Rail link will do more harm that good – scrap it before it's too late
How can this huge majority have been hidden behind Scottish Borders Council's claims of "overwhelming support"? Simple: this, at last, was a public debate, widely-advertised, open to all and in stark contrast to the process that has excluded many people with genuine concerns. The debate's results should not be ignored.
This was not a battle between good, train-loving people and the wicked tarmac lobby: the two sides' aspirations for the Borders are probably much closer than it seemed. We all like trains and we all care for the future of our planet. However, detailed scrutiny of the Waverley project reveals a scheme that will do more harm than good.
A train service taking more than an hour from Tweedbank to Edinburgh is useless to all but a tiny part of the Borders around Galashiels. Passengers on a slow, inconvenient and underused service would be right at the top of the carbon footprint scale, and top of the public-subsidy scale, too.
If we are serious about improving public transport, then we must remove sentimentality from the process. A first-rate, flexible bus service connecting our towns and villages to each other as well as to Edinburgh, and serving the whole of the Borders, could be provided at a fraction of the cost to the environment and to the public purse.
Delivery of the Waverley Line is tied to a very damaging pattern of development, which threatens the vitality of places such as Hawick and Jedburgh, as much as Galashiels itself.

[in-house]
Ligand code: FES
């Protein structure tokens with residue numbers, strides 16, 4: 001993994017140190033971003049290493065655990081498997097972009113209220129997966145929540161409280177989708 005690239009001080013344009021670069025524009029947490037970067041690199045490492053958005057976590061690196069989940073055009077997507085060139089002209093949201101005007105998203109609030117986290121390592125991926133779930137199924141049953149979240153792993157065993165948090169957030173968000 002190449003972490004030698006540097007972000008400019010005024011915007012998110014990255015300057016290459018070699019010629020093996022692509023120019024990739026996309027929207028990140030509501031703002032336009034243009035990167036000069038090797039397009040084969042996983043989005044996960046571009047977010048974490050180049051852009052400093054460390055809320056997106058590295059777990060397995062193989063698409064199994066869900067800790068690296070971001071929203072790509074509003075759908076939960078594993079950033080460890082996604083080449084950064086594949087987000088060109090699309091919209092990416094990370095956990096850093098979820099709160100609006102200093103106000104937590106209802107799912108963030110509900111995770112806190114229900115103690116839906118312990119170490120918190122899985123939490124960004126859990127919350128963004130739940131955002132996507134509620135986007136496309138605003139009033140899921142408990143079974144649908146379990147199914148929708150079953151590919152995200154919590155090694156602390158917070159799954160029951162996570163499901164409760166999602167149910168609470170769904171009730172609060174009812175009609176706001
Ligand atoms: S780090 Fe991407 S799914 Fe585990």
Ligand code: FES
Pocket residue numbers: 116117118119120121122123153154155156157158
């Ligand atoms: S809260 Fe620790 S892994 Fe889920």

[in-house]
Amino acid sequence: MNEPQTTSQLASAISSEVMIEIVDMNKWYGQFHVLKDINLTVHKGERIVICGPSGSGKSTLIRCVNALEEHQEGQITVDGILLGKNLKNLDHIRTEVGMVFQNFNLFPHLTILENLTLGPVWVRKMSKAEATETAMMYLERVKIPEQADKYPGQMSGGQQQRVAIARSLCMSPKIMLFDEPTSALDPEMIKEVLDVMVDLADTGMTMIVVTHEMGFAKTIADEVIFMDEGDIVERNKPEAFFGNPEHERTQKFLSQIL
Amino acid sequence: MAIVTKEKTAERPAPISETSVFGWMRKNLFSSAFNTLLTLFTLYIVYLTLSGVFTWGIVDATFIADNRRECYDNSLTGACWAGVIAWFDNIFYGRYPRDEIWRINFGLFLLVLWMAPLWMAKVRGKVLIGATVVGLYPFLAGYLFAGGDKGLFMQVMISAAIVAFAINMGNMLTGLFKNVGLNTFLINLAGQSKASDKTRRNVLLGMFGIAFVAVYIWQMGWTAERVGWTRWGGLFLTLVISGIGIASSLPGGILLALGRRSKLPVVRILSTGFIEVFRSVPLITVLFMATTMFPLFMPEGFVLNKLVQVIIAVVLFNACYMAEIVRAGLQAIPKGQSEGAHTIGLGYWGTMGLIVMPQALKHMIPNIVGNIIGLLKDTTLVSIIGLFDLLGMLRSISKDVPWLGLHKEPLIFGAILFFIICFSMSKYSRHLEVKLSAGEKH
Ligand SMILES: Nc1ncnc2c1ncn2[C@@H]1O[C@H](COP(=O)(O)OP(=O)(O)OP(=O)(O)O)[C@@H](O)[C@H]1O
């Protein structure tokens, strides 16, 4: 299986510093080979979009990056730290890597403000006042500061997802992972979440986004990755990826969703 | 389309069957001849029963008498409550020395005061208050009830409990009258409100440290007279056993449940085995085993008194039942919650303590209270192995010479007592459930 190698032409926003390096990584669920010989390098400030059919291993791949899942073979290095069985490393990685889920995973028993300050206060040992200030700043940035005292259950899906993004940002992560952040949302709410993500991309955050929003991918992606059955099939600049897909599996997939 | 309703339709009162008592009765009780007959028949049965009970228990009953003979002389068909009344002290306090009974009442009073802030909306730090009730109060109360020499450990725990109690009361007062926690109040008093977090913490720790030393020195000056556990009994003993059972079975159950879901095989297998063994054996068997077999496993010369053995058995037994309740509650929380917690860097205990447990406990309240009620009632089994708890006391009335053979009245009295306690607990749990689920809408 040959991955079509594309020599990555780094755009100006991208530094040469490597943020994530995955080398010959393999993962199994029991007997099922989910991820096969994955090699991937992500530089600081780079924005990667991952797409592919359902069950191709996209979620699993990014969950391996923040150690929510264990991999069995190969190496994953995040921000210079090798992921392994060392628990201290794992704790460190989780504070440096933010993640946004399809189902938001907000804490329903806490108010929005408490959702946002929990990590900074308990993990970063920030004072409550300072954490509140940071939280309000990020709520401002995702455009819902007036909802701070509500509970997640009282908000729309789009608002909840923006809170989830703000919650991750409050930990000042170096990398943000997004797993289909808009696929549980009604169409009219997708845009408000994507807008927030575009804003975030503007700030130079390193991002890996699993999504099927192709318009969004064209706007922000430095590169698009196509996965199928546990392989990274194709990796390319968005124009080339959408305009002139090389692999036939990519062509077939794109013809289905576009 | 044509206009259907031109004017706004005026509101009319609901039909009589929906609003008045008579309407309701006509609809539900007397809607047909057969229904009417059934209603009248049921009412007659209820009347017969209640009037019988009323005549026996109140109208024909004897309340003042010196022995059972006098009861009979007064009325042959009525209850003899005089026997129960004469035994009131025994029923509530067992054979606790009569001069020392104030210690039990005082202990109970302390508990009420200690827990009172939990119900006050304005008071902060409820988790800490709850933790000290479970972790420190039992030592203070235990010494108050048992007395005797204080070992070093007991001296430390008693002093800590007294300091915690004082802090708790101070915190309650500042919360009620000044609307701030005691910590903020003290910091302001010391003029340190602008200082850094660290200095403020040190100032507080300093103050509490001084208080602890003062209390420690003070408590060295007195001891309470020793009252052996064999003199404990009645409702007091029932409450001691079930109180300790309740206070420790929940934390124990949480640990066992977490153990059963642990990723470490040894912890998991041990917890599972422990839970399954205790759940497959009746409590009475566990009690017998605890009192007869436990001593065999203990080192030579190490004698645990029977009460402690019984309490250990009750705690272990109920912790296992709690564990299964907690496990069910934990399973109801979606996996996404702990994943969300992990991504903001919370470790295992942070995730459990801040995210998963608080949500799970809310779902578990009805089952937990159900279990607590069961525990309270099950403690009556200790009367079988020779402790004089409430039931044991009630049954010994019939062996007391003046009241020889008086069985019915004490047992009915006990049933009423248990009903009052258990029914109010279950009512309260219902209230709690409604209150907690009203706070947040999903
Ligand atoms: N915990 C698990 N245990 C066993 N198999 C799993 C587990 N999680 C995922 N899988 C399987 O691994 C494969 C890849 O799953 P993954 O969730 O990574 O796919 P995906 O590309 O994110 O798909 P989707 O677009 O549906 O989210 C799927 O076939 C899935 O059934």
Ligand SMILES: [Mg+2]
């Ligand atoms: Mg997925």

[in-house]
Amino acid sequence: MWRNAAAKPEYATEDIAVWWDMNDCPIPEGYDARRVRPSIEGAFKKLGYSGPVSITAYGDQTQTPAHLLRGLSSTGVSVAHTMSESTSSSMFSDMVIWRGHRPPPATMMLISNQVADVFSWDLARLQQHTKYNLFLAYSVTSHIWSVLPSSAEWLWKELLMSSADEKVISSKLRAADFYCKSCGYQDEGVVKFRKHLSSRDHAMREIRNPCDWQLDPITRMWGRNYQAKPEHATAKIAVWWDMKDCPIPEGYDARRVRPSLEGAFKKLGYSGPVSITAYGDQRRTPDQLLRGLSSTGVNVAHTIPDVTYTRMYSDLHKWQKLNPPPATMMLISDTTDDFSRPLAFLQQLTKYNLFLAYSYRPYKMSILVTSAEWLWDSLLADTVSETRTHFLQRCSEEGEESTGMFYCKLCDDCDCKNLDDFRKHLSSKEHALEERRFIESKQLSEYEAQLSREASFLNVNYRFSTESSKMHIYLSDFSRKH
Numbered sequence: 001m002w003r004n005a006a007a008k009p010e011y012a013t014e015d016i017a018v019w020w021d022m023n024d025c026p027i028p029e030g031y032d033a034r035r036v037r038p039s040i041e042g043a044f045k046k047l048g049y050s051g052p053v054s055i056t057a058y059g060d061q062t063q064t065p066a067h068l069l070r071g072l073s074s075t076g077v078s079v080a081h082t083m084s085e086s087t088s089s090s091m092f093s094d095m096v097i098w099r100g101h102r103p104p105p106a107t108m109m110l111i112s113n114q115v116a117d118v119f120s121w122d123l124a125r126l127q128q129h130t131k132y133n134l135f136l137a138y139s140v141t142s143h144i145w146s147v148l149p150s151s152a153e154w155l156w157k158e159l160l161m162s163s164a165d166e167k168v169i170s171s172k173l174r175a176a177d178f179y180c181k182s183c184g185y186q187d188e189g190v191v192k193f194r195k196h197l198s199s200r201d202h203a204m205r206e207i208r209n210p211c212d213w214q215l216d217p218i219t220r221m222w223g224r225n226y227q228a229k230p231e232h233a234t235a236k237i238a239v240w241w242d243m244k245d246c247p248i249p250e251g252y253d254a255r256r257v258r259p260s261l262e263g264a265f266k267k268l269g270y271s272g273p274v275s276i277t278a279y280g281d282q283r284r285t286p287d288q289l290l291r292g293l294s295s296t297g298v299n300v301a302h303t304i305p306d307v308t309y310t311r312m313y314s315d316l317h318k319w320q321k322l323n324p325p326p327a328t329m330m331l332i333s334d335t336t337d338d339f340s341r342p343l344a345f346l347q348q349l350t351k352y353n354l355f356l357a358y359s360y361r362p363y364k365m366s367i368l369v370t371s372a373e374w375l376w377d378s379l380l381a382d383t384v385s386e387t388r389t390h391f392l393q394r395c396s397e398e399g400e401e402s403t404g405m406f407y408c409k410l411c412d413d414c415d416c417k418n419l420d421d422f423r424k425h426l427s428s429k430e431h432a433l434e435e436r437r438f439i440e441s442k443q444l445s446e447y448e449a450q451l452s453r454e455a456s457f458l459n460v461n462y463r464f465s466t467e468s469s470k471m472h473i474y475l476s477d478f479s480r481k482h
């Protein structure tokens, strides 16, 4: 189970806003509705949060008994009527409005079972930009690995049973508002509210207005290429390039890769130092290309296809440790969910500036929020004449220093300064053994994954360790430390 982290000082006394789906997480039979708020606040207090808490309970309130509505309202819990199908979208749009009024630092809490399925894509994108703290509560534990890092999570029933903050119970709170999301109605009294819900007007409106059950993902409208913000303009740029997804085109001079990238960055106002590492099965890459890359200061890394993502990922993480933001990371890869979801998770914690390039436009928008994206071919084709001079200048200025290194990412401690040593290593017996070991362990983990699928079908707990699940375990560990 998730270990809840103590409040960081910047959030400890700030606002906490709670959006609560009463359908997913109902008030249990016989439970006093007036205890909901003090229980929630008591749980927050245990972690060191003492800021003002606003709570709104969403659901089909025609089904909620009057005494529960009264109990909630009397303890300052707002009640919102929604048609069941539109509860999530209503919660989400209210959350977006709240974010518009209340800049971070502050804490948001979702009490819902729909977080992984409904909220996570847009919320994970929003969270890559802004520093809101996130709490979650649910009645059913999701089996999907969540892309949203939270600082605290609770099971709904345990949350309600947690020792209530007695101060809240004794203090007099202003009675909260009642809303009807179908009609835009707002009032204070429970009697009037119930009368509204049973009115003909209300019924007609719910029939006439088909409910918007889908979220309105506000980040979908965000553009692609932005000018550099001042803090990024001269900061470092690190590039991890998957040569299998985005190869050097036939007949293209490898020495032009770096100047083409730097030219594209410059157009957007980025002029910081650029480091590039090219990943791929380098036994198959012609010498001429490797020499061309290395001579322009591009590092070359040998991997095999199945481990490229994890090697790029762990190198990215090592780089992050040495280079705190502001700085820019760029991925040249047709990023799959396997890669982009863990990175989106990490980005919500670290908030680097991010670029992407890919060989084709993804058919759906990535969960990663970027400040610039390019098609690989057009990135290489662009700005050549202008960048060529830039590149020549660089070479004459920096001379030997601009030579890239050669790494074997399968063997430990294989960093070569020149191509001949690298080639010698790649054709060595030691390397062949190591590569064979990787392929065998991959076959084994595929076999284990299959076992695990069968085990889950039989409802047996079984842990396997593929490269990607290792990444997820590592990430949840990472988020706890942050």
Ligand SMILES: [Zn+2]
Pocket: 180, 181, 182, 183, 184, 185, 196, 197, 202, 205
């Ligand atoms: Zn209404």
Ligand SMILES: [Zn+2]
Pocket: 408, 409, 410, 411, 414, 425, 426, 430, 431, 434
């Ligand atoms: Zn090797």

Are ministers aware that Lochcarron Mill, described to the Waverley Bill committee as Galashiels' prime tourist attraction, has been demolished to make way for a new retail park, which is proudly supported by the Waverley project?
Even steam enthusiasts are troubled: steam specials are not on the menu – no turntable is planned at Tweedbank.
The proposed line cannot carry freight. Calls for freight services to the Borders are minimal, but the strongest case for extending the line to Carlisle – the prospect of relieving the main north-south lines of freight traffic – has been extinguished.
Many of the 17,200 who petitioned parliament for the return of real Waverley Line now feel betrayed.
Even the sensible option of building only the northern part of the line to Midlothian has been spitefully prevented by clever wording in the bill.
Full marks to the government for commissioning a due- diligence review.
Some MSPs may be indifferent to rising costs, and ill-briefed on both the scheme's detail and its wider consequences, but others recognise the environmental and financial folly of the Waverley Line, and we call upon them to talk to ministers before it is too late.
There is no need to fear losing votes: the present scheme is, regrettably, flawed. Borderers would welcome its rejection.